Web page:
Will there be talk one day of the “Dresden syndrome”? Are we at present seeing the first signs and symptoms of a return to reason after sixty years of outrageous propaganda against a country that was defeated in the second world war? In January 2005, the French on the whole were staggered at the fits of shoahtic hysteria. They wondered what could ever have produced such sustained epilepsy. The Jews, for their part, know the how and the why, but have to conceal it: the edifice of the “Holocaust” or Shoah seems ever more to them to be shaking at the foundations. Initially, over the period from 1975 to 1995, they had counted on their historians to rebut the revisionists’ arguments. But the outcome was to be a thorough fiasco. On the plane of reason and history, the revisionists have annihilated the Poliakovs, Wellers, Dawidowiczes and Vidal-Naquets like the Klarsfelds and the Berenbaums (who had engaged the services of a Jean-Claude Pressac), or again, the Raul Hilbergs and, later on, the Jan van Pelts. The general public are unaware of this because of the repression exerted by a thought police that has managed to obtain the passage of special laws against the distribution of revisionist material. But then, the Jews themselves read the revisionists and have been spectators to the rout of their own historians. Thus, in a latter period, they have progressively abandoned the field of the rational world for that of whatever may grab some attention. They have dismissed their historians and brought their clowns and tumblers out onto the floor, the Elie Wiesels and the Claude Lanzmanns. To evoke the Shoah they have turned to imagination, to fiction, the cinema, novels, the theatre, television, spectacles and ceremonies of all sorts, and to the phantasmagoria of the “Holocaust” religion, industry or business, all to the point where the average Frenchman, caught in a whirlpool of images, a constant fracas, a tide of recriminations coupled with endless moaning and groaning, has had no choice but to ingest the force-fed frenzied accounts of Nazi barbarism and extermination of the Jews, an extermination which, let it be said in passing, fortunately produced an ever-renewed throng of “lone witnesses”, “sole survivors” and “incredibly, miraculously spared” Jews. The sewers have all been dug open up again. Alleged testimonies and confessions that the Jewish historians themselves had written off as false have since been recycled and presented as genuine. Finally, the most receptive section of the population has been set upon: children from the age of seven (!) and middle and secondary school pupils. They are the choice target of a brazen propaganda. Between the ages of seven and seventeen, possessing only a few scraps of historical knowledge and generally having scant idea of the lengths to which an adult will go – especially in old age – to make himself interesting either as a smooth-talker or a downright liar, youngsters are hardly armed to defend against it. Kitted out with their “Simone Veil satchels”, the children or adolescents thus taken in would be very surprised indeed to learn that the said Veil was for a long time officially listed as an Auschwitz gassing victim (under her maiden name of Jacob) and was, in that camp, a regular witness to specific occurrences that show that the SS men were not at all instructed to treat the Jews like so much expendable livestock.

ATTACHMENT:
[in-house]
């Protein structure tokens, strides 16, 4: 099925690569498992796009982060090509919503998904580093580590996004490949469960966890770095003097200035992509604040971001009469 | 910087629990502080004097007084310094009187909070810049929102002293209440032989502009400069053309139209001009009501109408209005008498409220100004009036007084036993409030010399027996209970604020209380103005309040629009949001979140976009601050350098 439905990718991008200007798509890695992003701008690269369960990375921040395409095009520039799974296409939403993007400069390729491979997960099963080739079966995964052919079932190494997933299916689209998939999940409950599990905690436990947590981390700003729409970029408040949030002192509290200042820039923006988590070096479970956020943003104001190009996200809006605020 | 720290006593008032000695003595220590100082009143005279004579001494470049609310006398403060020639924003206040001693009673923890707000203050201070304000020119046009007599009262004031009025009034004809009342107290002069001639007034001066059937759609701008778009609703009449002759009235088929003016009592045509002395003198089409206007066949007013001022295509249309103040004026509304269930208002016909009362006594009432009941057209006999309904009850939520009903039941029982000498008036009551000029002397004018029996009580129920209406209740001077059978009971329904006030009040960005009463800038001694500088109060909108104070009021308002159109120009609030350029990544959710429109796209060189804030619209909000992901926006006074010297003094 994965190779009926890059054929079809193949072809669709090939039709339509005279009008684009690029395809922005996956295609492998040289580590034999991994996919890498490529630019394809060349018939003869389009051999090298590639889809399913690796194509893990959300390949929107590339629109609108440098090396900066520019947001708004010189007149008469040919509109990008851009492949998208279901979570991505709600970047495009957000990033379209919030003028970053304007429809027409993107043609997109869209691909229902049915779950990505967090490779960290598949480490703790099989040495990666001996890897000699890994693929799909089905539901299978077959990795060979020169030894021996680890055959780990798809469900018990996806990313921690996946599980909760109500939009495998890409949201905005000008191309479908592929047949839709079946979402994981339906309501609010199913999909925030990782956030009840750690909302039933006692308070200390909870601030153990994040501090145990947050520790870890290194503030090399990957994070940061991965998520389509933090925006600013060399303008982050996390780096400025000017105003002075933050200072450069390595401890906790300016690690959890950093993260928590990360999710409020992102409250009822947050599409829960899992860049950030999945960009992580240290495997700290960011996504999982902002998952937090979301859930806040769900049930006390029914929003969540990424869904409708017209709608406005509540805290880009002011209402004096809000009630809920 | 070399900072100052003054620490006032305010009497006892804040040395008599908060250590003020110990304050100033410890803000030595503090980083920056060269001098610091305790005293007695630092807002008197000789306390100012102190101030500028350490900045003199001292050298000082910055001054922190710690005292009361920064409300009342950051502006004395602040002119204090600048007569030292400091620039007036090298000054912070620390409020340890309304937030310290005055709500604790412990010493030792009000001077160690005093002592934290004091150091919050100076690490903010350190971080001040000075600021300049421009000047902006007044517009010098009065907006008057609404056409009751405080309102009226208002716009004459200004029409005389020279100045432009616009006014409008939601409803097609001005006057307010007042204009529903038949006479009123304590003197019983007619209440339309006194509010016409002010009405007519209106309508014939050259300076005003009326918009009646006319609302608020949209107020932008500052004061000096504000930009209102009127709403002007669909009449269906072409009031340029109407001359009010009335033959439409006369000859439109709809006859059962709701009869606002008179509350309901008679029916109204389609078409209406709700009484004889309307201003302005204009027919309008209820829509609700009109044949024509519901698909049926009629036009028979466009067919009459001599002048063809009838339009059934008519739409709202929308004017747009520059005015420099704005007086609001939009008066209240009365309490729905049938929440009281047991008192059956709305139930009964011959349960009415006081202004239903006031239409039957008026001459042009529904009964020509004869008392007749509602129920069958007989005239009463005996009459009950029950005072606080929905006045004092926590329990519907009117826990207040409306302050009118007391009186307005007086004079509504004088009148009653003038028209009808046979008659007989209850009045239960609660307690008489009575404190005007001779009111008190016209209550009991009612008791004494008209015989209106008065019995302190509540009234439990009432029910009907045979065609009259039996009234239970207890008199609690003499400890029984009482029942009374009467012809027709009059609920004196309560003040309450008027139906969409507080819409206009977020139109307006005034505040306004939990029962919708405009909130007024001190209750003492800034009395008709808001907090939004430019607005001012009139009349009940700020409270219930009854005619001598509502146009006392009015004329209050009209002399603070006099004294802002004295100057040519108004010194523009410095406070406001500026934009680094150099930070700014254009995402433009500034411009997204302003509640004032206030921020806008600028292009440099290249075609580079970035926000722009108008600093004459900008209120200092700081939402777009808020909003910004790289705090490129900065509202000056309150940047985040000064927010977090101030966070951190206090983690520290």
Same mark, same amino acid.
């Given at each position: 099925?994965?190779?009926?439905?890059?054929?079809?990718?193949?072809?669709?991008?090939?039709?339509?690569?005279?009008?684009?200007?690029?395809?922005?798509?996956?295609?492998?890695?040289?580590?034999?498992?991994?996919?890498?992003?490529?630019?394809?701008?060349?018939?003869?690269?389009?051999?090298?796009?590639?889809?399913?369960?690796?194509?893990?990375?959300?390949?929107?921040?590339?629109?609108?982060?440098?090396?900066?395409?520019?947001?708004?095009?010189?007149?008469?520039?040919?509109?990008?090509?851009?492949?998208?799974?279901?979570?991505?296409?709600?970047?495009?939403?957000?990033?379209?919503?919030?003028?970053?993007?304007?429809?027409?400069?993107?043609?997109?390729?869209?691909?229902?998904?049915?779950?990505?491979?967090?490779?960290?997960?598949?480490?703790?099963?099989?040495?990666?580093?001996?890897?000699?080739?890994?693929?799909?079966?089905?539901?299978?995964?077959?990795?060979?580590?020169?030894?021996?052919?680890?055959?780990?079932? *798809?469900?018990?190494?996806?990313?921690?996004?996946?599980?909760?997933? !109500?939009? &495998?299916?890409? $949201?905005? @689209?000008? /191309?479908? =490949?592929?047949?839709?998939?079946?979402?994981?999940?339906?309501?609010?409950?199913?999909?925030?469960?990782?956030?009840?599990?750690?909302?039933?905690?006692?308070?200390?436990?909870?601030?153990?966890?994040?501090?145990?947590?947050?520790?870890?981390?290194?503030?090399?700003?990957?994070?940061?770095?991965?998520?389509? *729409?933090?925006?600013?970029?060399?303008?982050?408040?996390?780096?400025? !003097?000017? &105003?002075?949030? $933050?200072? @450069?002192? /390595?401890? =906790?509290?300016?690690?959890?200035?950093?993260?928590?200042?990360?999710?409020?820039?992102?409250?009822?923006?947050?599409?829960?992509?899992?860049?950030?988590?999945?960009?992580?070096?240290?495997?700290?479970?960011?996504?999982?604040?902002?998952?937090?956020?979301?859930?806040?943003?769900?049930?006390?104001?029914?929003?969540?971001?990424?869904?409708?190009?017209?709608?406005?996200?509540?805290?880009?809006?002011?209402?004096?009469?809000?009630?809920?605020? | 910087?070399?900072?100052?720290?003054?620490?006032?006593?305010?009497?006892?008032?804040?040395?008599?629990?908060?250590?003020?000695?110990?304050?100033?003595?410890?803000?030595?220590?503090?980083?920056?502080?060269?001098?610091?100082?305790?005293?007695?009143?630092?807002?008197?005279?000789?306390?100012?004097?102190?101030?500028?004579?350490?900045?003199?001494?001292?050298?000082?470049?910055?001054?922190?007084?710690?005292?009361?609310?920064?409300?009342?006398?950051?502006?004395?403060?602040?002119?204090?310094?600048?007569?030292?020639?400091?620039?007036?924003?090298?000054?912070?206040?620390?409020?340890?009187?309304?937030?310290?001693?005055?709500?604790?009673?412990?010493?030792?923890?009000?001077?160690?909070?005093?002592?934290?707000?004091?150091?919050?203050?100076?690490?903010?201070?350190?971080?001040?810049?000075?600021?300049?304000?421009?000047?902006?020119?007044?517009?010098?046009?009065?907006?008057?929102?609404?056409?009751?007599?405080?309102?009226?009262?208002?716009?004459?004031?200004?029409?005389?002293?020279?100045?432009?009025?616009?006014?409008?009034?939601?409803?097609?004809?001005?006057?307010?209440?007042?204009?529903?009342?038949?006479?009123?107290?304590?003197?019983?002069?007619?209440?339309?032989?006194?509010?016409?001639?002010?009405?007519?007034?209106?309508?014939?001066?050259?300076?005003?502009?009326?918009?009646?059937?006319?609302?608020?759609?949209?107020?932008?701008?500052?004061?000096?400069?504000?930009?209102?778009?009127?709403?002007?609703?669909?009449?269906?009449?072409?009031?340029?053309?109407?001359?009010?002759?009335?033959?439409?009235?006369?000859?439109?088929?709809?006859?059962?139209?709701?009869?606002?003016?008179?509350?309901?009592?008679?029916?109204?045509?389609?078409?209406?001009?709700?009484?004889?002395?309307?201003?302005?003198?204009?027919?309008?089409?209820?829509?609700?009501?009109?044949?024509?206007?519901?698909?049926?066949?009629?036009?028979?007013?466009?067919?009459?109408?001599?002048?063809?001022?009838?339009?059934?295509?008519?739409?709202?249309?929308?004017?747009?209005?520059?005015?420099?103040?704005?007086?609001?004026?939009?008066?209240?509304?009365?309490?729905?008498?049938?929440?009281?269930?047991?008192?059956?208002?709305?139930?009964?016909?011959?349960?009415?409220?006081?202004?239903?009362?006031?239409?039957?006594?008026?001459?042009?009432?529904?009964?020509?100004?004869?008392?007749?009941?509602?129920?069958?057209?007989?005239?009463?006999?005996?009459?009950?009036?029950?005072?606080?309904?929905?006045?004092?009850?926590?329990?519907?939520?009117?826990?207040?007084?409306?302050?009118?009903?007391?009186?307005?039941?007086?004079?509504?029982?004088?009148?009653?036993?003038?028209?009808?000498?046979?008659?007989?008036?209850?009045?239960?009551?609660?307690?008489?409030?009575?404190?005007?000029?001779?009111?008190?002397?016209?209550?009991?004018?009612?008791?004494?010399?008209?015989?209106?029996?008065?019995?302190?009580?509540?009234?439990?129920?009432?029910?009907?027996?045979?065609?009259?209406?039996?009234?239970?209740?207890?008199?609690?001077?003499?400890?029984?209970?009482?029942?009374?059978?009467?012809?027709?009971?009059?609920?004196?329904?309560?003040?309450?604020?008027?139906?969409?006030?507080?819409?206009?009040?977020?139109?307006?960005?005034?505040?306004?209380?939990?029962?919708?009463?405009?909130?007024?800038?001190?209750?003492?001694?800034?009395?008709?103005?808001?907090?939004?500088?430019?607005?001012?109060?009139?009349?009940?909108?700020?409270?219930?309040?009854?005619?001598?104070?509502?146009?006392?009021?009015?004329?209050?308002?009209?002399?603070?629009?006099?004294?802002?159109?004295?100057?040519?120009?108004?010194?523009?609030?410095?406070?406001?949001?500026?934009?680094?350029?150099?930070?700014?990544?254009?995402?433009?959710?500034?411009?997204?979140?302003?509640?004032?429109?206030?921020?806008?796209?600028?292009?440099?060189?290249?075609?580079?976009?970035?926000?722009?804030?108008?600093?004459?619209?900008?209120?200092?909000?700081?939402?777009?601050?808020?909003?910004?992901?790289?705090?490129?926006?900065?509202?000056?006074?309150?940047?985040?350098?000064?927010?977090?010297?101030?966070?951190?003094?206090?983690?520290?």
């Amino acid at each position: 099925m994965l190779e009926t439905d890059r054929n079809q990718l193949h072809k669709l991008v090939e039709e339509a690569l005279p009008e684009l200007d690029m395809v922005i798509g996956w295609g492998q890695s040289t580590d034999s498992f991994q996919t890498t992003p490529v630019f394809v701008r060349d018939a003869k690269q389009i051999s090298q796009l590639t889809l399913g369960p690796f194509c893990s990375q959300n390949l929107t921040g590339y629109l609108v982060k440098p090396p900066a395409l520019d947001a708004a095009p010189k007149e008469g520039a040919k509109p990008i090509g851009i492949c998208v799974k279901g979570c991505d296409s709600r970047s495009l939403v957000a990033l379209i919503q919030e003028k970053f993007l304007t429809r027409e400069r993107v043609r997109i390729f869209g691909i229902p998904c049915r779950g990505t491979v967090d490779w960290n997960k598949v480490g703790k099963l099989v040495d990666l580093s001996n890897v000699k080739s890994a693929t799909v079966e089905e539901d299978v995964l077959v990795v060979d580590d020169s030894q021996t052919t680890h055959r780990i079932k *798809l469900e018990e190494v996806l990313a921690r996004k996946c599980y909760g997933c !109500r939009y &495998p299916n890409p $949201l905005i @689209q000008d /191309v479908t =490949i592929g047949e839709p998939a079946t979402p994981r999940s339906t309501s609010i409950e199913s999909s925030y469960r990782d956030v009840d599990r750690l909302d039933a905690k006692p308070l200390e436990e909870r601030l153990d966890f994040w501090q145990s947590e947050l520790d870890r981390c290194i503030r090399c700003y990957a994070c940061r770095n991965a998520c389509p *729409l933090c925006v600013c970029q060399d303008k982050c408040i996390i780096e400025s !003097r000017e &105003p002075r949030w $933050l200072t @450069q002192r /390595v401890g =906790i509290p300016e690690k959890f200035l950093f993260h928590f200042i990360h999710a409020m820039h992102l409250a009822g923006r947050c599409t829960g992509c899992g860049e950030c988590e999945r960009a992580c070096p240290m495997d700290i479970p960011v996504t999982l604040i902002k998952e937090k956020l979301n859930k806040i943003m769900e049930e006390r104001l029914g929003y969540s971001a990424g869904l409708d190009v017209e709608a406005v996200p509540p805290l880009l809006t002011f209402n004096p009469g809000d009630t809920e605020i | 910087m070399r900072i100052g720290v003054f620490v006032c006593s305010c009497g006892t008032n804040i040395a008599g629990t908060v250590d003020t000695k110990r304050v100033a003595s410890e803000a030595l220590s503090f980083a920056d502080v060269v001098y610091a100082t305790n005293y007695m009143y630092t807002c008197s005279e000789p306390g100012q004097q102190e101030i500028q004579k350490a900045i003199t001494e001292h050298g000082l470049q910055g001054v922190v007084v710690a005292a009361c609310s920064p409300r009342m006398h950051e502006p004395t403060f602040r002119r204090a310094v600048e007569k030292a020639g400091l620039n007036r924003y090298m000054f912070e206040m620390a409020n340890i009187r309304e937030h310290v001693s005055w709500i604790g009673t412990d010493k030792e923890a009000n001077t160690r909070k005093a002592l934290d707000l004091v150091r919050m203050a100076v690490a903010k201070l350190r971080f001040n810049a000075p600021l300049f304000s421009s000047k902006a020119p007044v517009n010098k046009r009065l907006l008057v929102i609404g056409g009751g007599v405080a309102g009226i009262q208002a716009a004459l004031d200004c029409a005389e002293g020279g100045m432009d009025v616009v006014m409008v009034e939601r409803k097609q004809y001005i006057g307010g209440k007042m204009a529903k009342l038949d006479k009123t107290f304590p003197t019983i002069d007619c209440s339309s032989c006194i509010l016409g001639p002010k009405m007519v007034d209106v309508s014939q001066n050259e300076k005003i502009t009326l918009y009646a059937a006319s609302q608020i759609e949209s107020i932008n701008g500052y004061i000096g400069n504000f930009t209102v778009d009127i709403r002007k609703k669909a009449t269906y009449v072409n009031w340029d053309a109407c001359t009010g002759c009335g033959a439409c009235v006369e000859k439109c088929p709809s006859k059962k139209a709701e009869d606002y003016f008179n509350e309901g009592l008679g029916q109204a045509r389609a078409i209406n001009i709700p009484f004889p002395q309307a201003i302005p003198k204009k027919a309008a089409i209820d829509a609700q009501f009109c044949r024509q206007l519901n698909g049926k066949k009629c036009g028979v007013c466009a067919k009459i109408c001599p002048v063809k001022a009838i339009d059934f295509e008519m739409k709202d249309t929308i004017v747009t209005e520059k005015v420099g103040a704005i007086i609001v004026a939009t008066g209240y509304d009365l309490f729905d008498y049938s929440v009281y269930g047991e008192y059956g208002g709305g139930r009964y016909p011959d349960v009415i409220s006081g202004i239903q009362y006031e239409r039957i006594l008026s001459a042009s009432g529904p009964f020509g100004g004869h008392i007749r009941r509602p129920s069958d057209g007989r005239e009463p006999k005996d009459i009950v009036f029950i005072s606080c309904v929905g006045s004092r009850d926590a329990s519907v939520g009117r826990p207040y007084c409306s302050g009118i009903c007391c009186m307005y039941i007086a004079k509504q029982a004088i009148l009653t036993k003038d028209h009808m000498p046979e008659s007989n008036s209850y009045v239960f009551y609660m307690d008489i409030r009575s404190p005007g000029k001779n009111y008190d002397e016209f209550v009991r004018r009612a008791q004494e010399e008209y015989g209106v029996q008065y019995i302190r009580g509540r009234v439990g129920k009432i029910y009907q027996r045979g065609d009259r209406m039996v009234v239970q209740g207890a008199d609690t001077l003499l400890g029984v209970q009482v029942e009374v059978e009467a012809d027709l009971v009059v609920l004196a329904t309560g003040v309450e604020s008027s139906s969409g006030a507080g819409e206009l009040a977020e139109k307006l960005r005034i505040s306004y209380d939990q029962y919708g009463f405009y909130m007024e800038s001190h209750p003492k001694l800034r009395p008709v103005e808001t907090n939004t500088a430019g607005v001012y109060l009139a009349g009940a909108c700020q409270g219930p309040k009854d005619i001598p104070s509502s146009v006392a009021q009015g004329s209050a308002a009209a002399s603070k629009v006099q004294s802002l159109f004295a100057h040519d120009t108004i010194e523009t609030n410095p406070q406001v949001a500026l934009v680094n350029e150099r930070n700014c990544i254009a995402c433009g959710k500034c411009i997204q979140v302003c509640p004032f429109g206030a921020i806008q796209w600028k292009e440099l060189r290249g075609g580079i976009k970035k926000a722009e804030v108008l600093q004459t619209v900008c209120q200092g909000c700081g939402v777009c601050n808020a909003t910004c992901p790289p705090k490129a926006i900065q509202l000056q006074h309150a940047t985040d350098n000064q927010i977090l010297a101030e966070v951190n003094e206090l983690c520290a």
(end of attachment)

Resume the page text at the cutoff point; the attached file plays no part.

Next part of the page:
The propagandists will not be changing tack. Their folly will carry them still further. They will turn up the sound still higher. One day, this folly will be plain for all to see. Perhaps then it will be said that, at least on this chapter of second world war history, the return to reason began in February 2005. The syndrome of Dresden and its white roses will have “awakened German remembrance” and opened the way for a “re-examination of Germany’s history”. Meanwhile, in Canada, the German pacifist Ernst Zündel languishes in the high security prison where he has been kept for the past two years, without even being charged. His crime? He is a revisionist. His wrongdoing? He works to awaken German remembrance and demands a re-examination of his country’s history.
February 15, 2005